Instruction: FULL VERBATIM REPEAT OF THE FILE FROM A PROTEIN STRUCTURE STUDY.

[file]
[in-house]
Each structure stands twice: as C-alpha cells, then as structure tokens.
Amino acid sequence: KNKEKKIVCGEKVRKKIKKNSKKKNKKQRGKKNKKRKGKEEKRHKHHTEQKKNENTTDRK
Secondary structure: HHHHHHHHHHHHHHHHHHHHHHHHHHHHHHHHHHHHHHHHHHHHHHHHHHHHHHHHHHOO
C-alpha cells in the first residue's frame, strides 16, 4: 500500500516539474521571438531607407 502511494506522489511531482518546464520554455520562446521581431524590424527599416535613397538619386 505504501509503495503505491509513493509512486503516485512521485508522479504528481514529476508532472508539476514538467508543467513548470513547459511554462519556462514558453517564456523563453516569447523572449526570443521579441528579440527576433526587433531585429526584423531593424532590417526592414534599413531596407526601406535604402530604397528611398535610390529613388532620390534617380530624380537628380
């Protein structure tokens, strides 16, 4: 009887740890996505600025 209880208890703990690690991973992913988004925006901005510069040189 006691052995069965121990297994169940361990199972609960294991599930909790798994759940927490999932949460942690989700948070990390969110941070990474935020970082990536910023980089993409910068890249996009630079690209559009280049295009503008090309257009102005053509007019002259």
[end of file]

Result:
[in-house]
Each structure stands twice: as C-alpha cells, then as structure tokens.
Amino acid sequence: KNKEKKIVCGEKVRKKIKKNSKKKNKKQRGKKNKKRKGKEEKRHKHHTEQKKNENTTDRK
Secondary structure: HHHHHHHHHHHHHHHHHHHHHHHHHHHHHHHHHHHHHHHHHHHHHHHHHHHHHHHHHHOO
C-alpha cells in the first residue's frame, strides 16, 4: 500500500516539474521571438531607407 502511494506522489511531482518546464520554455520562446521581431524590424527599416535613397538619386 505504501509503495503505491509513493509512486503516485512521485508522479504528481514529476508532472508539476514538467508543467513548470513547459511554462519556462514558453517564456523563453516569447523572449526570443521579441528579440527576433526587433531585429526584423531593424532590417526592414534599413531596407526601406535604402530604397528611398535610390529613388532620390534617380530624380537628380
């Protein structure tokens, strides 16, 4: 009887740890996505600025 209880208890703990690690991973992913988004925006901005510069040189 006691052995069965121990297994169940361990199972609960294991599930909790798994759940927490999932949460942690989700948070990390969110941070990474935020970082990536910023980089993409910068890249996009630079690209559009280049295009503008090309257009102005053509007019002259």